“A rare gem of African literature. I believe a critical edition at this time will lead to its rediscovery by scholars of African and postcolonial literature everywhere….It is a swashbuckling mixture of truths, lies, dead seriousness, contradictory self-inventions, levity, exaggerations, and all through poignant recordings of soul-crushing apartheid’s impact on black life in South Africa. On theme and style, it was postmodern before that concept became common currency everywhere.”
Tejumola Olaniyan, the late Louis Durham Mead Professor in English and Wole Soyinka Humanities Professor at the University of Wisconsin-Madison
“The novel has vital documentary value for the manner in which it represents the criminal underworld of the townships in the apartheid years, the manner in which black males negotiated the treacherous politics of race at the time, and the questions it raises about collaborative writing and authorship in a context of severe repression and deprivation….[It] will be of interest to professors teaching courses about the South African apartheid years and seeking to assign a range of texts that offer a flavor of the times from a variety of vantage points.”
Moradewun Adejunmobi, professor of African American and African Studies, University of California, Davis.
“This new edition of Dugmore Boetie’s enigmatic and complex narrative introduces the work to a new generation of readers. The editors contextualise the text within the current scholarship on race and authorial agency in South Africa, and provide imaginative and useful notes for readers less familiar with the enduring legacies of apartheid.”
Carli Coetzee, editor of Journal of African Cultural Studies
“Based on meticulous archival research and interviews with descendants and acquaintances of the author, this new critical edition of Dugmore Boetie’s fast-paced, semi-autobiographical text will be welcomed by a new generation of scholars, teachers, and readers. In a compelling introduction that provides historical, geographical, and biographical context, the editors also invite us to think about such issues as authorship, genre, and black male identity in apartheid South Africa. The apparatus they provide in the form of notes to each chapter will make unfamiliar language and contexts accessible to readers. Bravo to the editors for making available once again a text that deserves to be more central to the canon of African literature.”
Gaurav Desai, professor of English, University of Michigan
A fast-paced romp through apartheid-era South Africa that exemplifies the creative human capacity to overcome seemingly omnipotent enemies and overwhelming odds.
The picaresque hero of this novel, Duggie, is a dispossessed black street kid turned con man. Duggie’s response to being confined to the lowest level of South Africa’s oppressive and humiliating racial hierarchy is to one-up its absurdity with his own glib logic and preposterous schemes. Duggie’s story, as one critic puts it, offers “an encyclopedic catalogue of rip-offs, swindles, and hoaxes” that regularly land him in jail and rely on his white targets’ refusal to admit a black man is capable of outsmarting them.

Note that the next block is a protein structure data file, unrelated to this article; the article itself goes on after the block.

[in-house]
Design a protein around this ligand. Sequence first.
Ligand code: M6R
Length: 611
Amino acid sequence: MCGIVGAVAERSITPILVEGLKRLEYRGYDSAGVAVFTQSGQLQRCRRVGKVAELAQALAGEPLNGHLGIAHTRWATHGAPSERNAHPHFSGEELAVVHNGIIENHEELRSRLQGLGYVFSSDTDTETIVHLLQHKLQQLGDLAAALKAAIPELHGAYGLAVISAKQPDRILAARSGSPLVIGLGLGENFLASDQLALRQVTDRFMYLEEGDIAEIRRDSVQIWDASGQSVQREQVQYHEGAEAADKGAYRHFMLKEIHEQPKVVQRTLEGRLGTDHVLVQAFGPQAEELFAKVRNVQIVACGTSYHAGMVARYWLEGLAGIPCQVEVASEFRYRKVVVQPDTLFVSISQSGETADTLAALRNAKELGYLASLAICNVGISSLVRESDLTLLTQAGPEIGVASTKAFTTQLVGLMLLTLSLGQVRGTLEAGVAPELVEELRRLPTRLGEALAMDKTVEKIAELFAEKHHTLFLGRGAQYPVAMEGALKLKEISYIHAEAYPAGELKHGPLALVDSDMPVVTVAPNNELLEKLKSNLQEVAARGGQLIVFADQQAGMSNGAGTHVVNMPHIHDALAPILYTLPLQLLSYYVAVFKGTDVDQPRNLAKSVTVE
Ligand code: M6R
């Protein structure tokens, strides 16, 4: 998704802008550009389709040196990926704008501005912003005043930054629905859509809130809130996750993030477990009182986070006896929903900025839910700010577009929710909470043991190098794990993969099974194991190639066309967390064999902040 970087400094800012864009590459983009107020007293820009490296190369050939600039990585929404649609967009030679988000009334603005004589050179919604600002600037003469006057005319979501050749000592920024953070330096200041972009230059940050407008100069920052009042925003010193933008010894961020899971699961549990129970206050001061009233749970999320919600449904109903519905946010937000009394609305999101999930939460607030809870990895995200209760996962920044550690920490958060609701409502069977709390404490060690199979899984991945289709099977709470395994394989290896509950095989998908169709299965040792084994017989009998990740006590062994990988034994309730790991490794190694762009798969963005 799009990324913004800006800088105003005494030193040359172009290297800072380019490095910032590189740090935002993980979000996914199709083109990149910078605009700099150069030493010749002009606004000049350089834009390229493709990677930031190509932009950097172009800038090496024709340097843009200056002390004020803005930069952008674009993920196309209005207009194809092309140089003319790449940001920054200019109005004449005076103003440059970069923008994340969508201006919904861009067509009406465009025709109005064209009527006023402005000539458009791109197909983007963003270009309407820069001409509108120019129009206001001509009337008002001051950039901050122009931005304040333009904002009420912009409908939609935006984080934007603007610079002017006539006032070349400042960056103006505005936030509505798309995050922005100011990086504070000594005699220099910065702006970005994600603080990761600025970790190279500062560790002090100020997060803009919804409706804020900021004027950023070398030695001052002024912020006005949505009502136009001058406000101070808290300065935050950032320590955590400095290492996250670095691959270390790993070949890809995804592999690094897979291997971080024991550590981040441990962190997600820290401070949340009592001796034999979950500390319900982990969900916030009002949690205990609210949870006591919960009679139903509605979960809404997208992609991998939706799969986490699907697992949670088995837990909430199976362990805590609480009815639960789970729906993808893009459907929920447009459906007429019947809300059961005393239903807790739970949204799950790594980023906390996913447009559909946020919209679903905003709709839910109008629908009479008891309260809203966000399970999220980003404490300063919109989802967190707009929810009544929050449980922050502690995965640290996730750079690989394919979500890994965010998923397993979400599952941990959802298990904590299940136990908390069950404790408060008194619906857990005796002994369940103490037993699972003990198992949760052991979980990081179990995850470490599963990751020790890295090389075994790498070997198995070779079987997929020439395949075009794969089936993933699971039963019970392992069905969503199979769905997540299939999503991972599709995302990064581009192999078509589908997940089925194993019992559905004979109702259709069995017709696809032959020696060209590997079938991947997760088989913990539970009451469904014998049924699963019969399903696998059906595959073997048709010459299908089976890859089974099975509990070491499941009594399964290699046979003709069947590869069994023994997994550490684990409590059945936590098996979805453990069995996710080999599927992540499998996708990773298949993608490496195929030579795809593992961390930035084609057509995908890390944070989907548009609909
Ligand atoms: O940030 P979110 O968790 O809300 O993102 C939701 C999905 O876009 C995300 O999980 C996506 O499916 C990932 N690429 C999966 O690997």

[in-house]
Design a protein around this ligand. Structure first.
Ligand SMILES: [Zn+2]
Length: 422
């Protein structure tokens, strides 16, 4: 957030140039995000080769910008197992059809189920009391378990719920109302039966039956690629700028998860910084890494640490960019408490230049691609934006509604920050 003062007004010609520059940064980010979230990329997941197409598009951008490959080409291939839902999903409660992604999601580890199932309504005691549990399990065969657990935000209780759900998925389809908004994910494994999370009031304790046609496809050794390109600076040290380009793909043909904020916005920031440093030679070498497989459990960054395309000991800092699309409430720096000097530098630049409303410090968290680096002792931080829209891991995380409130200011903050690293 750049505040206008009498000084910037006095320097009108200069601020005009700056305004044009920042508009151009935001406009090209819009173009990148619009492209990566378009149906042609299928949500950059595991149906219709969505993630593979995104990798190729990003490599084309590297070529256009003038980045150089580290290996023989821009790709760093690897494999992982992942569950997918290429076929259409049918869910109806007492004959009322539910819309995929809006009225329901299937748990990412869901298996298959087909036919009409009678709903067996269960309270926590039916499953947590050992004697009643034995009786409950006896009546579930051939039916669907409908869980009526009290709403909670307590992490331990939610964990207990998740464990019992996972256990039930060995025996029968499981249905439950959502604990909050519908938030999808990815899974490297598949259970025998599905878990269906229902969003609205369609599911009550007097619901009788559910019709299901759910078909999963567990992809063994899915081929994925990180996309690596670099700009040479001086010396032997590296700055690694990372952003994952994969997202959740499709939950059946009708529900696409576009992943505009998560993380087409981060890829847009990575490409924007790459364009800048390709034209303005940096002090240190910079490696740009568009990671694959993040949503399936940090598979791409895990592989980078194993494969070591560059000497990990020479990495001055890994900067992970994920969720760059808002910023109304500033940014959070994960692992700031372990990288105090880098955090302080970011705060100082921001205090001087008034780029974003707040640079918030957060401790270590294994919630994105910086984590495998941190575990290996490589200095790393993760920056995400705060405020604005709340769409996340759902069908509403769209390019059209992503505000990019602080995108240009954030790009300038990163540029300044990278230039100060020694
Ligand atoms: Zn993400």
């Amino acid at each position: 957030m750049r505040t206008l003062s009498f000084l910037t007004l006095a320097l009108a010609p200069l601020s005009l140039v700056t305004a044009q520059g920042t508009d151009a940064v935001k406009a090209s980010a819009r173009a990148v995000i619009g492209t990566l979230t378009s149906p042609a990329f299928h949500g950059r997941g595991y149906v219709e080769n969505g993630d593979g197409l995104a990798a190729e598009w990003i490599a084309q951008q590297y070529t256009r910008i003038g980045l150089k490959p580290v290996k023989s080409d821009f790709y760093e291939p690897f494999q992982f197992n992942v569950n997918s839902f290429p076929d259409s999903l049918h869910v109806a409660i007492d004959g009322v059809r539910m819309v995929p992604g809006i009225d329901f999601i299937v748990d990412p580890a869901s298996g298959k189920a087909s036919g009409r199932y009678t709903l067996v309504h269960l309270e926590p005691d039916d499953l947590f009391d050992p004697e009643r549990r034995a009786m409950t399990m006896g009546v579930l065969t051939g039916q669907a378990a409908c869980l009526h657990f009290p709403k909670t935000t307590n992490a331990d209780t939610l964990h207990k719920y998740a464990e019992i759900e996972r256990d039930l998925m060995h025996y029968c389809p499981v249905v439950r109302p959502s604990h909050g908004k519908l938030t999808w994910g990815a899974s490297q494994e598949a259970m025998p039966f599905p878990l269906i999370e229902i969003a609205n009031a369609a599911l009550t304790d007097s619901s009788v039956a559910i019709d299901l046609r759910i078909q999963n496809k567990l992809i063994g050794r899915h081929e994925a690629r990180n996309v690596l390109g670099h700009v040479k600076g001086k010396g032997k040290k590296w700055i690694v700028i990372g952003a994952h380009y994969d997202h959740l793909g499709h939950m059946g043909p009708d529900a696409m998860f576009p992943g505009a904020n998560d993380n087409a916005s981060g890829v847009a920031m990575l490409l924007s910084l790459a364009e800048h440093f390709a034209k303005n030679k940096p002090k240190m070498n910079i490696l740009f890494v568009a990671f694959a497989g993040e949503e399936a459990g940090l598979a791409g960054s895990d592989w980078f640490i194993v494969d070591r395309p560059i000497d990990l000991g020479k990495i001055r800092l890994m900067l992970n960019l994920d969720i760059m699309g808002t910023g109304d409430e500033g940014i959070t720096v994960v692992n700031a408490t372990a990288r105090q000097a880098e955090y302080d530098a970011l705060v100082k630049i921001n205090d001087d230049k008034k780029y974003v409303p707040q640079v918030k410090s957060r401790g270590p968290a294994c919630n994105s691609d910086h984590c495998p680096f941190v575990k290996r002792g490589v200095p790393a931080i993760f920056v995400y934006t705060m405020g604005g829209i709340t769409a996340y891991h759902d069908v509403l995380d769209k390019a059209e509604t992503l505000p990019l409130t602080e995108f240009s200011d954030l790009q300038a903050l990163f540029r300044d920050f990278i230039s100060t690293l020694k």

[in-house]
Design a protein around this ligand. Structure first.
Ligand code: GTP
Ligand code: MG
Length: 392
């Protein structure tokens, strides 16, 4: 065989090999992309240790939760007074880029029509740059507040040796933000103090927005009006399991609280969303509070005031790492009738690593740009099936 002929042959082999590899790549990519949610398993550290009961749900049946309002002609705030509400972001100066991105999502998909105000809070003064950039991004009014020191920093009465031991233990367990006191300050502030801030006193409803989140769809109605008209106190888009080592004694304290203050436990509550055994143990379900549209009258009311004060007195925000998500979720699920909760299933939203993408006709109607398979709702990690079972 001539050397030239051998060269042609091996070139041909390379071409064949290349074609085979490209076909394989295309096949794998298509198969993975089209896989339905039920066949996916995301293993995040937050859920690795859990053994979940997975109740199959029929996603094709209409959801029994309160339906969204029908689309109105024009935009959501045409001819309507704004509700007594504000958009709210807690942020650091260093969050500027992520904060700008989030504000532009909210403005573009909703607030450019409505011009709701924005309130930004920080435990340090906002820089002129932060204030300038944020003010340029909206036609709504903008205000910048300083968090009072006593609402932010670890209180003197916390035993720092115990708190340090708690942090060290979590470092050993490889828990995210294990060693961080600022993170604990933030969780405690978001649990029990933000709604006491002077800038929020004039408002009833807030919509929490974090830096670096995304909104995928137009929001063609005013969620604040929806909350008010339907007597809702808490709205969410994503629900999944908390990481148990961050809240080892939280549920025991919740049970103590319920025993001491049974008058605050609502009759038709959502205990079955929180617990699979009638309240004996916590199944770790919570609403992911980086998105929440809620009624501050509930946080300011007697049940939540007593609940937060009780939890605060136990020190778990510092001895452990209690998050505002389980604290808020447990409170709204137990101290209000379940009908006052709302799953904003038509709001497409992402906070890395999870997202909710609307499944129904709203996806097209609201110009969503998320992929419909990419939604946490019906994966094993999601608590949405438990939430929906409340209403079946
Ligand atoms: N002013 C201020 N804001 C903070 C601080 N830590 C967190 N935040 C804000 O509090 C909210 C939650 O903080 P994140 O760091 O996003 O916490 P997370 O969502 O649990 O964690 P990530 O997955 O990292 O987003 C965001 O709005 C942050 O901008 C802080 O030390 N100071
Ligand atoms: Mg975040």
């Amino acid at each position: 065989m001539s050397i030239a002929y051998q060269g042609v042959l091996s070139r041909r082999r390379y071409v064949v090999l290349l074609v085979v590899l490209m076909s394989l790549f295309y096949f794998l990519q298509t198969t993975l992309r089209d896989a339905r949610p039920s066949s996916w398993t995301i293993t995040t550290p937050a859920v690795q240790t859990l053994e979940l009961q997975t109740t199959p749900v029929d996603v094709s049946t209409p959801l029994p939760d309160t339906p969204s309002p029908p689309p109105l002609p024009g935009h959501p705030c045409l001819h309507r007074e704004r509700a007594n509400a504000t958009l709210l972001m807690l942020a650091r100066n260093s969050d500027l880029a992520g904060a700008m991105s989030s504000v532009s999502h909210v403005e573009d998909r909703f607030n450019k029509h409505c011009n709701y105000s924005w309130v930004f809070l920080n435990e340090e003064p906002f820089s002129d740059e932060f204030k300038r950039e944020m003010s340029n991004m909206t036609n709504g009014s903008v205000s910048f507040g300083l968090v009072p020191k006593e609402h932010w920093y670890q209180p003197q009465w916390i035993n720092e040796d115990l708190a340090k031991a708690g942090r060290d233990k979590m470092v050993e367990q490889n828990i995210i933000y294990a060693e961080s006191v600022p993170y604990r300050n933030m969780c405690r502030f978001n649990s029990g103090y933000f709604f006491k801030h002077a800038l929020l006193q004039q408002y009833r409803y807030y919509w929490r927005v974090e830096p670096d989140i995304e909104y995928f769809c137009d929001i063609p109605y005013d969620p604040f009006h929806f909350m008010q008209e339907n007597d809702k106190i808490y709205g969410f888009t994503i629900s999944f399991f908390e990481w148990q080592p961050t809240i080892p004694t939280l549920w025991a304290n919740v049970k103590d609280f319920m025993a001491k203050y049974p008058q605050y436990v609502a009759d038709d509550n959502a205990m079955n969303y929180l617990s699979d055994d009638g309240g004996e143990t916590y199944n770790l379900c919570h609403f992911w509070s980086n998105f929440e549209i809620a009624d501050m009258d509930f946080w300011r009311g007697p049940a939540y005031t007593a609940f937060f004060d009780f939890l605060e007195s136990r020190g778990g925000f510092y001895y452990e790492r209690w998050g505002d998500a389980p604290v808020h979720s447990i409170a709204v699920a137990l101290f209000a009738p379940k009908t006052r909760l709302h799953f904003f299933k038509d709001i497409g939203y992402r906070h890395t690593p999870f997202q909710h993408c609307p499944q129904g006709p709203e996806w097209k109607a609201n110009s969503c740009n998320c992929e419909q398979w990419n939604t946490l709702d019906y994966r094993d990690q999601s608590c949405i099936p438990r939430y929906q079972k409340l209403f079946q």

Duggie exploits South Africa’s bureaucratic pass laws and leverages his artificial leg every chance he gets. As “a worthless embarrassment to the authorities and a bad example to the convicts,” Duggie even manages to get himself thrown out of jail. From Duggie’s Depression-era childhood in urban Johannesburg to World War II and the rise of the white supremacist apartheid regime to his final, bitter triumph, Boetie’s narrative celebrates humanity’s relentless drive to survive at any cost.
This new edition of Boetie’s out-of-print classic features a recently discovered photograph of the author, an introduction replete with previously unpublished research, numerous annotations, and is accompanied by Lionel Abrahams’ haunting poem, “Soweto Funeral,” composed after attending Boetie’s interment, all of which render the text accessible to a new generation of readers.
Dugmore Boetie is the pen name of South African journalist, writer, and musician, Douglas Mahonga Buti (c.1924–66). More info →
Vusumuzi R. Kumalo is lecturer in history at Nelson Mandela University in Port Elisabeth, South Africa. His research explores the history of independent black education. More info →
Benjamin N. Lawrance is an author and editor of eleven books, and editor in chief of the African Studies Review. He is professor of History at the University of Arizona. More info →
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Every city has an unspoken side. Cape Town, between the picture postcard mountain and sea, has its own shadow: a place of dislocation and uncertainty, dependence and desperation, destruction and survival, gangsters, pimps, pedophiles, hunger, hope, and moments of happiness.
In Tales of the Metric System, Coovadia explores a turbulent South Africa from 1970 into the present. He takes his home country’s transition from imperial to metric measurements as his catalyst, holding South Africa up and examining it from the diverse perspectives of his many characters.
Billy Kahora’s long-awaited debut collection includes stories that have appeared in Granta and McSweeney’s, and have been shortlisted for the Caine Prize for African Writing.
Rewriting Modernity: Studies in Black South African Literary History connects the black literary archive in South Africa to international postcolonial studies via the theory of transculturation, a position adapted from the Cuban anthropologist Fernando Ortiz.
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